Even though quarterback Joe Flacco has yet to heave a spiral, running back Ray Rice hasn't spun off a tackle and linebacker Tavares Gooden hasn't crashed into a ball carrier, this is the age of instant analysis.
Between C grades from USA Today, CBS Sports, Yahoo Sports, the Dallas Morning News and the Washington Post along with a D-plus from the Orlando Sentinel, the primary criticism centered on Baltimore trading up eight spots to pick Flacco with the 18th overall selection of the first round.
Several reports described the move as a reach. There were also digs for not taking a left offensive tackle earlier in the draft.
Conversely, the Ravens are thrilled with the outcome of their 10 picks as well as trading a fourth-round pick for former Oakland Raiders first-round cornerback Fabian Washington.
"We tried to get big, fast, smart and tough," Ravens director of college scouting Eric DeCosta said. "I think we accomplished that. Hopefully, next year at this time, we can look back on this draft and feel really good about it. I think we will."
After the Ravens traded back to No. 26 once they were unable to meet the extremely high expense of moving up for quarterback Matt Ryan, they became concerned that another team might pick Flacco. That prompted their trade with the Houston Texans.
The possible evidence of other teams not being too eager for a quarterback was how Brian Brohm and Chad Henne plummeted deep into the second round.
ESPN draft analyst and Jarrettsville resident Mel Kiper didn't share those skeptical opinions, giving the Ravens a B. The Kansas City Star doled out a B-minus.
"The Ravens didn't want to settle for just any quarterback, they wanted Matt Ryan or Joe Flacco," Kiper said during a Monday conference call. "I don't think Steve Bisciotti, Ozzie Newsome or Eric DeCosta would be satisfied just waiting it out and they knew they had the ability to move up or down. Who knew Chad Henne and Brian Brohm wouldn't be first-round picks?
"People will say they could have got him at 18 or 26, but Joe Flacco is going to be their quarterback. They wanted to make sure they got a guy that they targeted. At the end of the day, they are very happy. They maneuvered the draft very well. They feel very strongly he can be a heck of a quarterback in this league. They're hoping he can win Super Bowls for them."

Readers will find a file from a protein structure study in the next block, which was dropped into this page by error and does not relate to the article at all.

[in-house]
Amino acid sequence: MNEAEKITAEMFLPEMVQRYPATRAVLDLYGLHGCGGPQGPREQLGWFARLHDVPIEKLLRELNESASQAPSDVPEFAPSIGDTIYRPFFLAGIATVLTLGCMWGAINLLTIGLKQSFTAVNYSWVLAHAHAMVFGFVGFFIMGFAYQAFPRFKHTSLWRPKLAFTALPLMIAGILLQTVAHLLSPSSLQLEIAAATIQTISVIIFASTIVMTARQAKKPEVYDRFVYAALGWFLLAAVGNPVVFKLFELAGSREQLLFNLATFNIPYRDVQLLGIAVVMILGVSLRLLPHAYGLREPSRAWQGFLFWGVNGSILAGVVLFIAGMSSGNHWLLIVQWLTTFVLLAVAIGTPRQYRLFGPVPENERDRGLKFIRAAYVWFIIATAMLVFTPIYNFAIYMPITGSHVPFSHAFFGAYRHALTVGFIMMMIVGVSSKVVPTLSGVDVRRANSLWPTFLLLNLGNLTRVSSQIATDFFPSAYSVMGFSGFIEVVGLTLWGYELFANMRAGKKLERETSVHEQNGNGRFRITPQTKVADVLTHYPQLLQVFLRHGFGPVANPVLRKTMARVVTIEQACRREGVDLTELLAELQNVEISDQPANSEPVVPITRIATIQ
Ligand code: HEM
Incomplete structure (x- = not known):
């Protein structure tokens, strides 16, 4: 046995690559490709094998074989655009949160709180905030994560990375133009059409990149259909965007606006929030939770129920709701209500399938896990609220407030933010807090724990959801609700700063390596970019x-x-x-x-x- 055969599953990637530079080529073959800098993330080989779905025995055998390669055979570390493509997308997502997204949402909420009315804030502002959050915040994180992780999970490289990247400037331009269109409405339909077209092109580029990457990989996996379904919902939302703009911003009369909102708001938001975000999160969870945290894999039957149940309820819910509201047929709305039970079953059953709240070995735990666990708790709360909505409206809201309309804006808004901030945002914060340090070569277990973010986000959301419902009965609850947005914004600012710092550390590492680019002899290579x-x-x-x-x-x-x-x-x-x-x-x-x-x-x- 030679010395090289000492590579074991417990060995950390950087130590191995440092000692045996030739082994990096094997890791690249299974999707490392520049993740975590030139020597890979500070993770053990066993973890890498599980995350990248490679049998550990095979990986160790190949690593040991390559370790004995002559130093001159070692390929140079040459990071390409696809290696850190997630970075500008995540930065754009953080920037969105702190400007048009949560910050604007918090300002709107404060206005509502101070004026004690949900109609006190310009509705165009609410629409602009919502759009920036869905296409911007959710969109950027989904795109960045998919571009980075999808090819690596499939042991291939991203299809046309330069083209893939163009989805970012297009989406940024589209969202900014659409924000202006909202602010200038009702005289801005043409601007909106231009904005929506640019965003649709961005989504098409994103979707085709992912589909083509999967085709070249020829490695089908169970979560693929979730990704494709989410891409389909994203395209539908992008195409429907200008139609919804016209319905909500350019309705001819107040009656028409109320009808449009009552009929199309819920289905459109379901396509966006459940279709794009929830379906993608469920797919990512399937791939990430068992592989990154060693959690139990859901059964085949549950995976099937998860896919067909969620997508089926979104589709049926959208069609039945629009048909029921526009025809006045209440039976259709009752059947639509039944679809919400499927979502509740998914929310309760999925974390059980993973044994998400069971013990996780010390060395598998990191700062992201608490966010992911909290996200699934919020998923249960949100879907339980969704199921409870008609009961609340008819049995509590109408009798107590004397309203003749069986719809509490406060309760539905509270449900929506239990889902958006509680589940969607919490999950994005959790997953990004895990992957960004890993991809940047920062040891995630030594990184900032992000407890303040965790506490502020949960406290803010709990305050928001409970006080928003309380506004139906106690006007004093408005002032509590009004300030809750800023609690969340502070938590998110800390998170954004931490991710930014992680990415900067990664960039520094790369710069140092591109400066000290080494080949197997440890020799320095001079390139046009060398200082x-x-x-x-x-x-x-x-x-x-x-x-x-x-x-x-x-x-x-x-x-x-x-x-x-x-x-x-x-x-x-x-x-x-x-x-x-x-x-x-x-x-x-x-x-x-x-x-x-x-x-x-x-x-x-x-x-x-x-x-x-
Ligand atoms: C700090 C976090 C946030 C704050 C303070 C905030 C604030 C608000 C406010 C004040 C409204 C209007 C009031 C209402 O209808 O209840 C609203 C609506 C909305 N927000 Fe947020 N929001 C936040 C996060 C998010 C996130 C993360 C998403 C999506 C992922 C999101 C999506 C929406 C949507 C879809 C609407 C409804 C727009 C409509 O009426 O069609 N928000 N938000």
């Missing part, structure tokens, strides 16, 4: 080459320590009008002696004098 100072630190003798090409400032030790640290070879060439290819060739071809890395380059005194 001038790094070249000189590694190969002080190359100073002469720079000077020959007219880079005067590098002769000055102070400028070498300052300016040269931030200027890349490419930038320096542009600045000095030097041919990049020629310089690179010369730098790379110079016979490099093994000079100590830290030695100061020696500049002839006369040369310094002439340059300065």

At 6-foot-6, 235 pounds with an arm strong enough to hurl a football 60 yards without even stepping into his throw, Flacco was downgraded in several reports due to his small-school background at Delaware and his footwork.
Ultimately, time will tell whether the Ravens were right about tabbing Flacco as their quarterback of the future and immediately inserting him into a competition with Kyle Boller and Troy Smith.
"If he can be a quarterback like Eli Manning, they'll be very happy in Baltimore," Kiper said. "If he had played at Pitt or Michigan, I think he would have been right up there with Matt Ryan."
Kiper gushed about shifty Rutgers running back Ray Rice, the Ravens' second-round pick. And he was particularly effusive in his praise of third-round linebacker Tavares Gooden, a speedy 6-1, 235-pounder who ran a high 4.4 at his campus workout with a 39 1/2 inch vertical leap.
Gooden could emerge as a central figure on the Baltimore defense within the next year, particularly as starters Ray Lewis and Bart Scott head into contract years. Moving to middle linebacker as a senior, Gooden recorded 100 tackles.
"Actually, I thought they would draft a couple off linebackers because they could lose a few after this year," Kiper said. "No question about the fact that the organization was thinking about the future and the changes that will take place. Gooden showed up very big last year unlike a couple of his teammates like Calais Campbell."
During the second day of the draft, new coach John Harbaugh's imprint on the roster became obvious with his emphasis on the kicking game.
Baltimore obtained several potential special-teams standouts, including Gooden, hard-hitting Notre Dame safety and punt returner Tom Zbikowski, big New Mexico wide receiver Marcus Smith, undersized Cincinnati safety Haruki Nakamura and Oklahoma running back and former safety Allen Patrick.
"They did take on a Harbaugh mold for what he wants in a player," Kiper said. "Zbikowski is a punt returner and very good in kick coverage. Marcus Smith is great in kick coverage.
"Nakamura will help you on special teams, too. Patrick is a tough kid and a really good special-teams player. He got several guys that are going to help them in that area of the game."
Aaron Wilson covers the Baltimore Ravens for the Carroll County Times and the Annapolis Capital.
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